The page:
36. Transient radiopulsar However,no radio emissiondetected. Due to beaming? PSR J1846-0258 P=0.326 sec B=5 1013 G Among all rotation poweredPSRs it has the largest Edot.Smallest spindown age (884 yrs). The pulsar increased its luminosity in X-rays. Increase of pulsed X-ray flux. Magnetar-like X-ray bursts (RXTE). Timing noise. See additional info about this pulsar at the web-site http://hera.ph1.uni-koeln.de/~heintzma/SNR/SNR1_IV.htm 0802.1242, 0802.1704

  37. Bursts from the transient PSR Chandra: Oct 2000 June 2006 Gavriil et al. 0802.1704

  38. ROSAT ROentgen SATellite German satellite (with participation of US and UK). Launched 01June 1990. The program was successfully ended on 12 Feb 1999.

  39. Close-by radioquiet NSs • Discovery: Walter et al. (1996) • Proper motion and distance: Kaplan et al. • No pulsations • Thermal spectrum • Later on: six brothers RX J1856.5-3754

  40. Magnificent Seven Radioquiet Close-by Thermal emission Absorption features Long periods

  41. Spin properties and other parameters Kaplan arXiv: 0801.1143 • Updates: • 1856. νdot=-6 10 -16 (| νdot|<1.3 10-14 ) van Kerkwijk & Kaplan arXiv: 0712.3212 • 2143. νdot=-4.6 10 -16 Kaplan & van Kerkwijk arXiv: 0901.4133 • 0806. |νdot|<4.3 10 -16 Kaplan and van Kerkwijk arXiv: 0909.5218

  42. Spectral properties Kaplan arXiv: 0801.1143 Spectra are blackbody plus one or several wideabsorption features. The origin of features is not understood, yet. Van Kerkwijk et al. (2004)

  43. The isolated neutron star candidate 2XMM J104608.7-594306 A new INS candidate. B >26, V >25.5, R >25 (at 2.5σ confidence level) log(FX/FV) >3.1 kT = 118 +/-15 eV unabsorbed X-ray flux: Fx~1.310−12 erg s−1 cm−2 in the 0.1–12 keV band. At 2.3 kpc (Eta Carina)the luminosity is LX~ 8.2 1032 erg s−1 R∞ ~ 5.7 km [Pires & Motch arXiv: 0710.5192 and Pires et al. arXiv: 0812.4151] M7-like? Yes!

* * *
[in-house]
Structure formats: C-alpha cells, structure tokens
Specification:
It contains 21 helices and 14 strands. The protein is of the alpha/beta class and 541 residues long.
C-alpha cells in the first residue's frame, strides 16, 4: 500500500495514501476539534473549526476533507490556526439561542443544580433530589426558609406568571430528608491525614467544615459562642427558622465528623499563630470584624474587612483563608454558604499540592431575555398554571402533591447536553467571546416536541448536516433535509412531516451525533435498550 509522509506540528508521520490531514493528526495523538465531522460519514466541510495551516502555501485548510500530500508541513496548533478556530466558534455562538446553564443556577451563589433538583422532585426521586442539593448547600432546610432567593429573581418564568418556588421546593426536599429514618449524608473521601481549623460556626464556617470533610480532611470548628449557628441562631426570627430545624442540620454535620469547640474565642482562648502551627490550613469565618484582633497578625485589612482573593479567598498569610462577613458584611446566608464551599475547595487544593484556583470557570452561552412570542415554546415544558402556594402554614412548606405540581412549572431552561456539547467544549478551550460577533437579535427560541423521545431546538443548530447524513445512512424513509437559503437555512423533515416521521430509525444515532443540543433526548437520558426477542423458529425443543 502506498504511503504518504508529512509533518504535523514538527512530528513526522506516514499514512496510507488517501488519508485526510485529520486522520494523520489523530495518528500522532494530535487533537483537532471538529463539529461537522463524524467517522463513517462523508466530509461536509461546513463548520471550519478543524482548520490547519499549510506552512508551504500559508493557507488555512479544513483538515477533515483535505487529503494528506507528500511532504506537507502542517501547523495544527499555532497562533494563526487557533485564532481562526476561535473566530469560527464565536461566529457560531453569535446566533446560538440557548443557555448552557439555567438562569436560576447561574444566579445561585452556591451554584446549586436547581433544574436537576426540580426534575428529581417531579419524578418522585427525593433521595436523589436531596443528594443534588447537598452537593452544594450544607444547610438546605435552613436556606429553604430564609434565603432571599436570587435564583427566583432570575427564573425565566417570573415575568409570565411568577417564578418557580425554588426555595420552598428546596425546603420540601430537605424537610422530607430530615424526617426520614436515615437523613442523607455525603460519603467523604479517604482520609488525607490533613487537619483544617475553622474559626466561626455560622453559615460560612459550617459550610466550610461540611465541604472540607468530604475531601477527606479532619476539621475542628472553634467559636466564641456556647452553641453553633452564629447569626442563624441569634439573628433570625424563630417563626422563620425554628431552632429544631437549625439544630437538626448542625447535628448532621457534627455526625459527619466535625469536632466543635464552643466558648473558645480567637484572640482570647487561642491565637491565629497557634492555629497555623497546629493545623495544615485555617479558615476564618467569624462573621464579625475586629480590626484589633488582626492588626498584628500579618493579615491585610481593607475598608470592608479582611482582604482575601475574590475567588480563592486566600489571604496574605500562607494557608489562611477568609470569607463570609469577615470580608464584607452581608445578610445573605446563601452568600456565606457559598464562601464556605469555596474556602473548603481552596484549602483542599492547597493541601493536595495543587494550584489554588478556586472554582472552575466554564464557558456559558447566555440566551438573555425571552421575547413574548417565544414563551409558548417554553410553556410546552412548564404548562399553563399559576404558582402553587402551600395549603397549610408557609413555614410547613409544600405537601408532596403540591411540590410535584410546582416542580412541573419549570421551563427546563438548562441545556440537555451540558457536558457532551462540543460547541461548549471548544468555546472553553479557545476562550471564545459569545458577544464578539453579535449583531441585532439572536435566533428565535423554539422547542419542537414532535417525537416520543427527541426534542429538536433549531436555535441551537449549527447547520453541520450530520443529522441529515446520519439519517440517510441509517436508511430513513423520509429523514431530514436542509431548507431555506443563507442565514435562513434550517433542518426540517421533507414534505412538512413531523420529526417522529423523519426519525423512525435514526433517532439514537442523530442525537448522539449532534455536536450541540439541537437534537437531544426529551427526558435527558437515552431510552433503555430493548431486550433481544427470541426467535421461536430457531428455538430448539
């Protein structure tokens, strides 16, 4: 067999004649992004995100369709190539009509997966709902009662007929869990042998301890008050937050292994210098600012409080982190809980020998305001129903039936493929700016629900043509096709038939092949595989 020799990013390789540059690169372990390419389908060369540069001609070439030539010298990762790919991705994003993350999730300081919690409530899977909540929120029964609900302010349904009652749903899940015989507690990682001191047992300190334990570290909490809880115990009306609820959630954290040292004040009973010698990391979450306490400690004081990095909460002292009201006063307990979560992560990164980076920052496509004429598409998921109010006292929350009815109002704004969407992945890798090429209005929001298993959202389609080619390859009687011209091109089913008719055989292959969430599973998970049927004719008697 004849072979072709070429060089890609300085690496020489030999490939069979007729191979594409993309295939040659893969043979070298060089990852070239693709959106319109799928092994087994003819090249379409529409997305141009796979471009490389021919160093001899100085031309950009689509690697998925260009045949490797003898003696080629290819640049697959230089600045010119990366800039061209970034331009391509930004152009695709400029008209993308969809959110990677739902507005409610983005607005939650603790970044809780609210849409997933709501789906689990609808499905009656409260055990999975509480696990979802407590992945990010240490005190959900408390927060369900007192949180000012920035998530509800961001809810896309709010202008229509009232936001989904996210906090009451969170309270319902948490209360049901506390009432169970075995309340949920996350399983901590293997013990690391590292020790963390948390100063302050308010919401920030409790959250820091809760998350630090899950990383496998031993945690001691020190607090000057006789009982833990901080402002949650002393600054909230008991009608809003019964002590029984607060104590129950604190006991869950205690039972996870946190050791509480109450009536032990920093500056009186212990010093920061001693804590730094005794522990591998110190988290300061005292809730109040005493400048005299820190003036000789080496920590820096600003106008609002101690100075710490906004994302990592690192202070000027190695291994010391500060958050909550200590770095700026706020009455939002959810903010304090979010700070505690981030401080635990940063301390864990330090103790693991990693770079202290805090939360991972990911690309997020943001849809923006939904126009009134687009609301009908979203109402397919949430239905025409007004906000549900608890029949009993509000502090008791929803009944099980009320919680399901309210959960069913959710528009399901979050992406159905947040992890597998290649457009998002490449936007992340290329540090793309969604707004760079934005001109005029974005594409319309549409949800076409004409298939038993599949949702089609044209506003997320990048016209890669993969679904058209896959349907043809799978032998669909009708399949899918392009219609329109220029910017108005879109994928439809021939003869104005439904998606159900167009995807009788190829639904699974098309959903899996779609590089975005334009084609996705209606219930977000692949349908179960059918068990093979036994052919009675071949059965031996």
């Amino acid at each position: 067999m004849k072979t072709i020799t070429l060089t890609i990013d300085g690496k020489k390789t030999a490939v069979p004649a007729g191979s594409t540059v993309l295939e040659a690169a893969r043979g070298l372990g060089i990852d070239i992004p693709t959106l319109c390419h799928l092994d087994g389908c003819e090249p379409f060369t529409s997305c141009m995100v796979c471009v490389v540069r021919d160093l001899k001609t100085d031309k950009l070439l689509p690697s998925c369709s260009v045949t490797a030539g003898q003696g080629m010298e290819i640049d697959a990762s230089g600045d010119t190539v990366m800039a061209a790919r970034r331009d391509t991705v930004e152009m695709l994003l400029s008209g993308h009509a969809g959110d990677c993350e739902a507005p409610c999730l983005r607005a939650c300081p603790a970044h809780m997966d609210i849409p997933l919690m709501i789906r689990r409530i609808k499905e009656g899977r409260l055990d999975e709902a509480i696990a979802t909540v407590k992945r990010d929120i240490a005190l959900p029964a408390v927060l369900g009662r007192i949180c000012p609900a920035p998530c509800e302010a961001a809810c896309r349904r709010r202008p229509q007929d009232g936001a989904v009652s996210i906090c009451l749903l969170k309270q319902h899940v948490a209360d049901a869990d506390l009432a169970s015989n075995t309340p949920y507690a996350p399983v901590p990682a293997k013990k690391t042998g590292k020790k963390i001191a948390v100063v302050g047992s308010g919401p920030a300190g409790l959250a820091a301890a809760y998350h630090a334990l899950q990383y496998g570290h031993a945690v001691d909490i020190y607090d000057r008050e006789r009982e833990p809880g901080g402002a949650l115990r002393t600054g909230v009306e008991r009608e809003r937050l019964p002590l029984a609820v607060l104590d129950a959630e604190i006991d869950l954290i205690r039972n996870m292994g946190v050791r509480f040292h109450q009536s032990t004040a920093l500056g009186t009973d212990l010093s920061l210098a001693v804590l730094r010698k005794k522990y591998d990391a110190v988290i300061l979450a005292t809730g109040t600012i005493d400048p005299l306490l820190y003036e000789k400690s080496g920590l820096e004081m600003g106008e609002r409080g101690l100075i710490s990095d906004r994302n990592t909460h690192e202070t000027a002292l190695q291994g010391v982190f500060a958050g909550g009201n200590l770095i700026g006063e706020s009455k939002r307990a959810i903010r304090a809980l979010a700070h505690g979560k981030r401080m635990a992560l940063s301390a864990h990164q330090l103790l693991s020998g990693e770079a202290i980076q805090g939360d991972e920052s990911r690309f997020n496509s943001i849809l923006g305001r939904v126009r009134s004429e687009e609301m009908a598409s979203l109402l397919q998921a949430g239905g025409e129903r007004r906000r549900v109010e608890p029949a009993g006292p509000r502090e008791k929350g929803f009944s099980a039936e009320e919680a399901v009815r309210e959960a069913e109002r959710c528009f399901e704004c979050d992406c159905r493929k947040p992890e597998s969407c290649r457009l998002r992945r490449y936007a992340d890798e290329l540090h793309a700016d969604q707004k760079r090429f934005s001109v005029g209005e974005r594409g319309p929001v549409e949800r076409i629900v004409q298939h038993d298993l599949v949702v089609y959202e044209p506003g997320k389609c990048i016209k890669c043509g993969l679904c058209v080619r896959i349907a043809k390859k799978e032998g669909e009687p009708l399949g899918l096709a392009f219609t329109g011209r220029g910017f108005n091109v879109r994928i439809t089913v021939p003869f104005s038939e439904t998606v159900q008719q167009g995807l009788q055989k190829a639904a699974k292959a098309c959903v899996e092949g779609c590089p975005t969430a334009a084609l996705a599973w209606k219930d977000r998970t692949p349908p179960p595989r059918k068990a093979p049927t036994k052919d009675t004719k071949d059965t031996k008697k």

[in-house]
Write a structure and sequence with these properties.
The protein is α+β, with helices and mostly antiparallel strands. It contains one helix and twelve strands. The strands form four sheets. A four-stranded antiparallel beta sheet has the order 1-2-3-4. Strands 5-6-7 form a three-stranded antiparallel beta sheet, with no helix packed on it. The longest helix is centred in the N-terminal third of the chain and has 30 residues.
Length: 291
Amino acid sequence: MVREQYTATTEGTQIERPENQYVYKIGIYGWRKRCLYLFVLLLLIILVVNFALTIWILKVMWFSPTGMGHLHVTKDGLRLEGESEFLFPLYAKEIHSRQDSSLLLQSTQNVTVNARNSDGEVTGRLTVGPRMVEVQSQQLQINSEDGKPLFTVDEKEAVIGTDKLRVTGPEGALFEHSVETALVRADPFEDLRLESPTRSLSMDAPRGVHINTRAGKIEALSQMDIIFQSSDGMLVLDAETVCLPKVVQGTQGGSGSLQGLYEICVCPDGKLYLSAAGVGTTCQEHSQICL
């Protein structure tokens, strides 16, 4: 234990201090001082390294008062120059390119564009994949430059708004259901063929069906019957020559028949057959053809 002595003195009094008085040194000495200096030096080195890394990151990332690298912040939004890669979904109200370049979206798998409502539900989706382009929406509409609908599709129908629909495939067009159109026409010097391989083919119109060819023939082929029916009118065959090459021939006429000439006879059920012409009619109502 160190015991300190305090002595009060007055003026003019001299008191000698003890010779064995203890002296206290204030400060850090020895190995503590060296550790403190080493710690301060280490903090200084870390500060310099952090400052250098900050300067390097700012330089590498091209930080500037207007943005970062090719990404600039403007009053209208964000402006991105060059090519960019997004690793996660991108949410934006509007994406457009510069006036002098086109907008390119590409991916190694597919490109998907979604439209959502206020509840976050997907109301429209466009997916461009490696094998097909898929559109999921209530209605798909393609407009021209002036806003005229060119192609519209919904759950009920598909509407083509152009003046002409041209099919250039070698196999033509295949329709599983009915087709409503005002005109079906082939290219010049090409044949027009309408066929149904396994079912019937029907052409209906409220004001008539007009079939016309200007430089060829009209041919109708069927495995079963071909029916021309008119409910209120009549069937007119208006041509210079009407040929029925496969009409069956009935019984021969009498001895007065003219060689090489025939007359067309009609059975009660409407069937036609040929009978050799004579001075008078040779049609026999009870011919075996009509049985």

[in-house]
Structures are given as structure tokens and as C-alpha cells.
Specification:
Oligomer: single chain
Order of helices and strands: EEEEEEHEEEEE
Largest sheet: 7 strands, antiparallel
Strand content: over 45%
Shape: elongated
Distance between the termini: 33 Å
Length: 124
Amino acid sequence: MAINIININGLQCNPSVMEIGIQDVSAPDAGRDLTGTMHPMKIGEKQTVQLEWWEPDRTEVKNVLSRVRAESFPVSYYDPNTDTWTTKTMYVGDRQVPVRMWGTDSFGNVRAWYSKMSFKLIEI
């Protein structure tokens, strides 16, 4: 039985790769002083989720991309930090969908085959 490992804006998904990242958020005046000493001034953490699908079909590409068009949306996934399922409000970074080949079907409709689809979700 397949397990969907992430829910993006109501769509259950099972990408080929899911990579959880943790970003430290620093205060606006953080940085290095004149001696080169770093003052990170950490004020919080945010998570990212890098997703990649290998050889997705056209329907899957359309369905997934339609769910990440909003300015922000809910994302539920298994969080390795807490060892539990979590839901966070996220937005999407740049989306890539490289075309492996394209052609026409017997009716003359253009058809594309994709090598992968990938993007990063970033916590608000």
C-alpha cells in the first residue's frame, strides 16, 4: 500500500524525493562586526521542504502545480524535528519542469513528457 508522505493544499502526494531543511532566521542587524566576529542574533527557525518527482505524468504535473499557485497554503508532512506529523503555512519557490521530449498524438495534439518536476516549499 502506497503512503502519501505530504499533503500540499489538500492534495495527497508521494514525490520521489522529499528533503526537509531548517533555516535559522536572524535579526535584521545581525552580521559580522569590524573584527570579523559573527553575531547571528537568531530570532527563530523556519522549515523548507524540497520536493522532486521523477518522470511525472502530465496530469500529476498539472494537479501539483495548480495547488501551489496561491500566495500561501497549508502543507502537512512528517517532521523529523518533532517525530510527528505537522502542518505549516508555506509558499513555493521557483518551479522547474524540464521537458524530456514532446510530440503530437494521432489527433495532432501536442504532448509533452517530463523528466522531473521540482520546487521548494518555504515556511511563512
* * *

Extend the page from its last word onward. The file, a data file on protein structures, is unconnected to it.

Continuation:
44. Radio observations Up to now the M7 are not detected for sure at radio wavelengths,however, there was a paper by Malofeev et al., in which the authorsclaim that they had detect two of the M7 at very low wavelength (<~100 MHz). At the moment the most strict limits are given by Kondratiev et al. Non-detection is still consistent with narrow beams. Kondratiev et al. arXiv: 0907.0054

  45. M7 among other NSs Evolutionary links of M7with other NSs are not clear, yet. M7-like NSs can benumerous. They can be descendantsof magnetars. Can be related to RRATs. Or, can be a differentpopulation. Kaplan arXiv: 0801.1143

  46. Unidentified EGRET sources Grenier (2000), Gehrels et al. (2000) Unidentified sources are divided into several groups. One of them has sky distribution similar to the Gould Belt objects. It is suggested that GLAST (and, probably, AGILE) Can help to solve this problem. Actively studied subject (see for example papers byHarding, Gonthier) No radio pulsars in 56 EGRET error boxes (Crawford et al. 2006)

  47. Radio pulsars Crab nebula spectrum Crab pulsar spectrum (Kuiper et al. astro-ph/0109200)

  48. Pulsars invisible in radio? (Grenier astro-ph/0011298)

  49. Fermi pulsars 46 pulsars, 16 – new (using just first 6 months). Roughly ½ were not detected by EGRET. Not all of 16 new pulsars are detected in radio (see arXiv:0908.2626). See a catalogue in 0910.1608

  50. Discovery of radio transients McLaughlin et al. (2006) discovered a new type of sources– RRATs (Rotating Radio Transients). For most of the sources periodsabout few seconds were discovered. The result was obtained during the Parkes survey of the Galactic plane. These sources can be related to The Magnificent seven. Thermal X-rays were observed from one of the RRATs (Reynolds et al. 2006). This one seems to me the youngest.